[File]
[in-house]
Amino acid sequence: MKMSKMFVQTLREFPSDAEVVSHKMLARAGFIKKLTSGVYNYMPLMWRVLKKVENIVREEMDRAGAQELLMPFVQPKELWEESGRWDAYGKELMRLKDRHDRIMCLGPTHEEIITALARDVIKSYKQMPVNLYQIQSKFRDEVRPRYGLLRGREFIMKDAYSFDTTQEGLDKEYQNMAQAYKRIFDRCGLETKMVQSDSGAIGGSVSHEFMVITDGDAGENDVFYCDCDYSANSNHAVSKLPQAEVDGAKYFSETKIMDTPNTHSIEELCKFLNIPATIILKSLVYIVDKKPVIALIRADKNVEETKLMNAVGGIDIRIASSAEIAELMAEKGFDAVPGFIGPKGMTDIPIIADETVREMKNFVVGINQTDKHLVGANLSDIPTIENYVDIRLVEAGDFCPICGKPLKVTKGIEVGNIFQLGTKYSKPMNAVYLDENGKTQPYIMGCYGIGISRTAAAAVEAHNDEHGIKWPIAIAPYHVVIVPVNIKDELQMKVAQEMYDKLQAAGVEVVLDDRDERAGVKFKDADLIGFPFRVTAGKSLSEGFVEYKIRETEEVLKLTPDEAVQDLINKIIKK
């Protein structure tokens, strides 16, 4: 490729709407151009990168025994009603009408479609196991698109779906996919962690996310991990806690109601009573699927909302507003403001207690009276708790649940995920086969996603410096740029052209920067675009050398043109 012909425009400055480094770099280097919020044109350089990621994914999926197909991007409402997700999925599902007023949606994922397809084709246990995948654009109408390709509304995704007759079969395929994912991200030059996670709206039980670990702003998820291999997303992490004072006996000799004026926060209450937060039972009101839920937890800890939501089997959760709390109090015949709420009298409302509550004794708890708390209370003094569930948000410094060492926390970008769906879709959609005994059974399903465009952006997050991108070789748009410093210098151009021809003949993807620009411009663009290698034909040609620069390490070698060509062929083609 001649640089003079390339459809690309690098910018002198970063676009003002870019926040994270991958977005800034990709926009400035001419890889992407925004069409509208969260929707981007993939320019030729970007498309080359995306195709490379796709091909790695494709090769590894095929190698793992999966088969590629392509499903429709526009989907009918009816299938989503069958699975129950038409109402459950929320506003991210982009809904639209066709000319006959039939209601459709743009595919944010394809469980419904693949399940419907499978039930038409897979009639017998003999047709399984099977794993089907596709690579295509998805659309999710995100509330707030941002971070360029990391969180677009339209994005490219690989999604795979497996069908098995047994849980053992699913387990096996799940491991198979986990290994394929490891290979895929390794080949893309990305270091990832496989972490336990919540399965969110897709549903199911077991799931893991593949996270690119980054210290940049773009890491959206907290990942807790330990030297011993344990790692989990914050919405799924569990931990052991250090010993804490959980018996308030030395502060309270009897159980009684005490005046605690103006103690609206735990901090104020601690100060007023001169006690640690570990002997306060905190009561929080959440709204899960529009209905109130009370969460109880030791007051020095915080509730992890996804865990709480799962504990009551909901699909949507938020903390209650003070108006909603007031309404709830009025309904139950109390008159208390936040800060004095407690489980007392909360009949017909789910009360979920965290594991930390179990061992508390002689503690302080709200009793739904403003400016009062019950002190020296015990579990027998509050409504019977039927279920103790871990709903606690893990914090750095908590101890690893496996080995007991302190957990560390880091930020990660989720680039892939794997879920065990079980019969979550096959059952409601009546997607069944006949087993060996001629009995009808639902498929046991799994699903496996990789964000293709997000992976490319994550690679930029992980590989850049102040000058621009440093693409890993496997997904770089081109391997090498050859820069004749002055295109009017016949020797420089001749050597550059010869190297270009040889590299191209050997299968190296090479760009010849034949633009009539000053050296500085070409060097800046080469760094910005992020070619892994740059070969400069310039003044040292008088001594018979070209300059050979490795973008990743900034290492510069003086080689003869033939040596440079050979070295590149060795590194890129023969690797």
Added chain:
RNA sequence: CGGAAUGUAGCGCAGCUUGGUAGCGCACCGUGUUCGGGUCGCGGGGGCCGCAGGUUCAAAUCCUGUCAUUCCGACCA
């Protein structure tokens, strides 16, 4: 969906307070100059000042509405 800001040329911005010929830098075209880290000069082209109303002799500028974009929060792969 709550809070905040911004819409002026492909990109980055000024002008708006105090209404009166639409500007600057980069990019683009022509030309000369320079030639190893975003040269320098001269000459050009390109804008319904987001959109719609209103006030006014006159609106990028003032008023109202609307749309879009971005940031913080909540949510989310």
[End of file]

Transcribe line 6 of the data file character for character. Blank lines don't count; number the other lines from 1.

């Protein structure tokens, strides 16, 4: 969906307070100059000042509405 800001040329911005010929830098075209880290000069082209109303002799500028974009929060792969 709550809070905040911004819409002026492909990109980055000024002008708006105090209404009166639409500007600057980069990019683009022509030309000369320079030639190893975003040269320098001269000459050009390109804008319904987001959109719609209103006030006014006159609106990028003032008023109202609307749309879009971005940031913080909540949510989310």